A few years ago, Bishop Carlton Pearson was living the typical life of a popular charismatic preacher _ with a growing congregation, popular conferences and award-winning CDs.
But things have changed as more people learned of his "gospel of inclusion," a controversial theology that all have been saved, not just particular brands of Christians.
In three years, his interracial congregation in Tulsa, Okla., has dropped from about 4,000 attending on Sundays to as low as 1,200. His spring "Azusa Conferences" that once took in as many as 10,000 a night didn't surpass 4,500 this year. And a music company has suspended its relationship with him, citing doctrinal differences.
"I exclude nobody from the redemptive work of the cross," the 49-year-old preacher said in a recent interview at a hotel outside Washington, D.C. "I believe that Jesus redeemed the entire world."
In interviews and online, Pearson says he thinks the focus of many of his evangelical brethren _ who believe a personal confession that Jesus is savior gains entrance to heaven _ has been wrongly placed on what people need to do for God instead of what God has done for them.
Among numerous Scriptures he cites is 2 Corinthians 5:18-19, which he says reads "God was reconciling the world" _ not just Christians _ "to himself, in Christ." He believes heaven will be fuller than most evangelicals predict and hell is reserved only for those who have had an experience with God and then rejected him.
"Somehow over the years, we have gradually taken the beauty, responsibility and, thus, the glory of the wonderful gift of salvation away from Christ and put it almost entirely upon weak, frail and deceived humanity," he said in an eight-page explanation titled "Jesus: The Savior of the World," on his church's Web site.
Some of the top names in charismatic circles have rejected Pearson for his views, which he began espousing three years ago. But, after the controversy was highlighted by a front-page newspaper story in Tulsa last month (September), people of a variety of faiths also have welcomed his perspective. Pearson hoped to answer questions of Christians and non-Christians alike at a "Contending for the Faith Once Delivered" summit that began Wednesday (Oct. 2) and concludes Saturday at his interdenominational Higher Dimensions Family Church.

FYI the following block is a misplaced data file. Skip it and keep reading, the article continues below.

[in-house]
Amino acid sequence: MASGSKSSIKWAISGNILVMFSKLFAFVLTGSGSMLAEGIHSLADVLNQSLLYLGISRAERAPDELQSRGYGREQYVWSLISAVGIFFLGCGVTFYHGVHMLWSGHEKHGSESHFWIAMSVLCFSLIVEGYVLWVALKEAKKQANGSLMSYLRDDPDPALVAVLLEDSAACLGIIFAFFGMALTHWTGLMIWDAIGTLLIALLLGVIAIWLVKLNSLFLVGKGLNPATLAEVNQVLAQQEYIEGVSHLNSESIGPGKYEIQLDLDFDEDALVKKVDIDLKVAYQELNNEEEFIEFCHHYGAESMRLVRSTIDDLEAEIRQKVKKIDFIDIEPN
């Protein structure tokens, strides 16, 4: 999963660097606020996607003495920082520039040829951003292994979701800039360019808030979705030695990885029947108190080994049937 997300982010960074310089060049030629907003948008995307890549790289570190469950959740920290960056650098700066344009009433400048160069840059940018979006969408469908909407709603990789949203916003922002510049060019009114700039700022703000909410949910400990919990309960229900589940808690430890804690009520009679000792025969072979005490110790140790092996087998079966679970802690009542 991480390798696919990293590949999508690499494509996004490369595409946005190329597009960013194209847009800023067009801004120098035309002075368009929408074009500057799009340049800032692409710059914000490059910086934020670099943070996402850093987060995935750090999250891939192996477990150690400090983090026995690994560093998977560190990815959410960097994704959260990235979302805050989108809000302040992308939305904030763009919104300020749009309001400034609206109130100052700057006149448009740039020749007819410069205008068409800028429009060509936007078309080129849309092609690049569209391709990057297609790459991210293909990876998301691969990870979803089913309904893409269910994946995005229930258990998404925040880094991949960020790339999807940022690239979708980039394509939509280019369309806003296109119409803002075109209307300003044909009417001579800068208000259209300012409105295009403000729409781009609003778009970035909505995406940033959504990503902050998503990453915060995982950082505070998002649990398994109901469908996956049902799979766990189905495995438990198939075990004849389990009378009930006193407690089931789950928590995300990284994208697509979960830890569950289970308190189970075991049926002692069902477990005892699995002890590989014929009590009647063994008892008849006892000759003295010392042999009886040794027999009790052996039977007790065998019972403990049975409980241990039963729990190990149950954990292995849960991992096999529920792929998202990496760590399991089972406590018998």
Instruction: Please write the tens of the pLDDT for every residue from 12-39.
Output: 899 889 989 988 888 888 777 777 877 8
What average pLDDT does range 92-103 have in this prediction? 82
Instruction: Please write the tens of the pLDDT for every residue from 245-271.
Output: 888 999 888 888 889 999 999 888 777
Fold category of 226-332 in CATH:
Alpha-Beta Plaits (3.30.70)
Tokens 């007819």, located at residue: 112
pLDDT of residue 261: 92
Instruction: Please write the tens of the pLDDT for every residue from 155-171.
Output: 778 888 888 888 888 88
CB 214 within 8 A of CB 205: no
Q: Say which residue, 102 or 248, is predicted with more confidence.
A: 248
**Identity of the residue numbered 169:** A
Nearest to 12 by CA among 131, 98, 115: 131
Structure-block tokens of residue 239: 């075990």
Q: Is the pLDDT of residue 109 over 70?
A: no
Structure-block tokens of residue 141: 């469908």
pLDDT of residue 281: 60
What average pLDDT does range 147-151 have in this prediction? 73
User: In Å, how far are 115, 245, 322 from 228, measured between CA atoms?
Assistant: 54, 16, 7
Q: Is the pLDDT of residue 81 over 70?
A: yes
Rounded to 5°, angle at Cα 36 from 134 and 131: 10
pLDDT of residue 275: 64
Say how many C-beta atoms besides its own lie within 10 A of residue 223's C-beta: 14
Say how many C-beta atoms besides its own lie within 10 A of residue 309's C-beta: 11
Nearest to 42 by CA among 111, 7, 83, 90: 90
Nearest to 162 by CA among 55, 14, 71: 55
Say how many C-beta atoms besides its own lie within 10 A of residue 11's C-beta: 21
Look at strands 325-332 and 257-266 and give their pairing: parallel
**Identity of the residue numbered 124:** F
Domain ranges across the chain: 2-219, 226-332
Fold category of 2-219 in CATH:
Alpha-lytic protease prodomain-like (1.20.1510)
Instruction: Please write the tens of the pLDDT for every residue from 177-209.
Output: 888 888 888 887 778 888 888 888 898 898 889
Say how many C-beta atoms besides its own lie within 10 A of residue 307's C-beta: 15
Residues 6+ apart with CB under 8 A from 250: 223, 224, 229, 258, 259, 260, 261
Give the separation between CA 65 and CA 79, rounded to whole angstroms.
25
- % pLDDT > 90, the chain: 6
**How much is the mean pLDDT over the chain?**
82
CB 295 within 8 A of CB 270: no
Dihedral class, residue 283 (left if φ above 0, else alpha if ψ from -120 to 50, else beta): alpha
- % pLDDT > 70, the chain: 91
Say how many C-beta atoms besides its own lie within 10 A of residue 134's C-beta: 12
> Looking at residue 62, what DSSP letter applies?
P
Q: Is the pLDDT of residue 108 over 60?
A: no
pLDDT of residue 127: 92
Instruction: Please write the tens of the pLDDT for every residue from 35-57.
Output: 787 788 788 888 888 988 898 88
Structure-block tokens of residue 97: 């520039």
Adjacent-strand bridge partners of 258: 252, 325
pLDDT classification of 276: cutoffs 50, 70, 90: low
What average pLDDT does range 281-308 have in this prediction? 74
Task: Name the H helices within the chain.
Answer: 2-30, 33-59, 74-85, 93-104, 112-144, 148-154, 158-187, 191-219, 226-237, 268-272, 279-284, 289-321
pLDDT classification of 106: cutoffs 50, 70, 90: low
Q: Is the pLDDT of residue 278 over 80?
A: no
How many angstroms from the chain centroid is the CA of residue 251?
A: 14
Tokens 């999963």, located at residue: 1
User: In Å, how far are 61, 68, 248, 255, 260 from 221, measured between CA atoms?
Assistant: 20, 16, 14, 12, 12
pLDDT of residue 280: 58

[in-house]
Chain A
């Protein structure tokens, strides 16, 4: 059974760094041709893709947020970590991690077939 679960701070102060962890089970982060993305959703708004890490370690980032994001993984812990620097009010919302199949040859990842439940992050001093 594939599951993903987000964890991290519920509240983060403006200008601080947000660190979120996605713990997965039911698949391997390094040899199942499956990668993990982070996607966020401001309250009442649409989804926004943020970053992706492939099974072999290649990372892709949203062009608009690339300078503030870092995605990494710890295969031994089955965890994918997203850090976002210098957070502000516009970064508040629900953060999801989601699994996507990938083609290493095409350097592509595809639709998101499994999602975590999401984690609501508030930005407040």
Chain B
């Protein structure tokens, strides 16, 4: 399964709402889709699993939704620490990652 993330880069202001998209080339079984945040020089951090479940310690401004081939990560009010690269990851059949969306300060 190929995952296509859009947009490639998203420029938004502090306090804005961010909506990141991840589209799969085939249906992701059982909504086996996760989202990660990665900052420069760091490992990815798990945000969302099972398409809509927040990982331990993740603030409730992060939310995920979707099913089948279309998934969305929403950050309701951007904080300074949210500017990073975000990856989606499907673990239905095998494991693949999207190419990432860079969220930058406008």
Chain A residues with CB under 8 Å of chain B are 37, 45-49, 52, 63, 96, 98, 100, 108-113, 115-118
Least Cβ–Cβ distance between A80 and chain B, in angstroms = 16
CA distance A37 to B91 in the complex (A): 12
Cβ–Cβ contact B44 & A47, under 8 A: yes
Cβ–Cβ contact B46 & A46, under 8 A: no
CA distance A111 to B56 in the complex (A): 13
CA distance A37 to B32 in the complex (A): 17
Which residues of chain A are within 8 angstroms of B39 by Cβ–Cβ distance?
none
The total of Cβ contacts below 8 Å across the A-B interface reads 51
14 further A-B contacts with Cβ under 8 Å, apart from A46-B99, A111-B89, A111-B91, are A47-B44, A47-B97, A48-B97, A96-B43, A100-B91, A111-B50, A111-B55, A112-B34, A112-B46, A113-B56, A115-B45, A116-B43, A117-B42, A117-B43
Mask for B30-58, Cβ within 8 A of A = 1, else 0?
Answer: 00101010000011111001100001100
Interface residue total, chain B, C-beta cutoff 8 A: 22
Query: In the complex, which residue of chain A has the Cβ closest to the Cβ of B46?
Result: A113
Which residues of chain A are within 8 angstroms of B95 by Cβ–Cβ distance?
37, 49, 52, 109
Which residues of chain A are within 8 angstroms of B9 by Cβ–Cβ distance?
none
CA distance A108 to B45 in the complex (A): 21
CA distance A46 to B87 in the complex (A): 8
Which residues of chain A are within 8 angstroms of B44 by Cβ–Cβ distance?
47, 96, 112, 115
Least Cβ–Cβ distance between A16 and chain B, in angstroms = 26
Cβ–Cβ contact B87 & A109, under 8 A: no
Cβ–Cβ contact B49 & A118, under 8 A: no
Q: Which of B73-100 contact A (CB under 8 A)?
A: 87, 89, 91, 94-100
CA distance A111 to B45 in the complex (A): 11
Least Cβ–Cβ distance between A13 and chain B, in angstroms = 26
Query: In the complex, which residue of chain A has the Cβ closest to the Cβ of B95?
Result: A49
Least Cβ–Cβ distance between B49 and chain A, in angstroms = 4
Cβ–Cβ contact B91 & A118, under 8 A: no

Pearson, who considers himself to be a misunderstood person in the mainstream more than a maverick, hopes his critics will hear him out.
"I emphatically and unequivocally repudiate the so-called doctrine of inclusion as heresy," Bishop T.D. Jakes of Dallas said in a statement he still stands by that was first issued earlier this year.
"While I do consider Carlton Pearson to be a friend, I believe this theology is wrong, false, misleading, and an incorrect interpretation of the Bible."
Evangelist Oral Roberts has questioned Pearson's views, writing he fears Pearson might turn into a cult leader. Pearson resigned from the board of regents of Oral Roberts University, his alma mater in Tulsa, and the school no longer rents its Mabee Center to the controversial preacher or permits his church buses to pick up students for his services.
In a statement about Pearson's theology, the school wrote: "This doctrine eliminates the redemption that Christ bought on the cross and contradicts the Bible. Therefore, this ministry as well as many others has not endorsed this doctrine and Oral Roberts Ministries did not renew Azusa's contract for the Mabee Center so as not to give the indication that we are in support of this teaching."
Pearson, who was a singer in the 1970s with Oral Roberts Ministries, went on to record several praise and worship music albums. Integrity, a Mobile, Ala.-based company, had planned to release his latest recording on Oct. 5, he said, before the controversy grew.
"Integrity is a company which serves the evangelical church, and to align ourselves with you and your position at this time would bring us into public disrepute," company officials wrote Pearson in a Sept. 13 letter.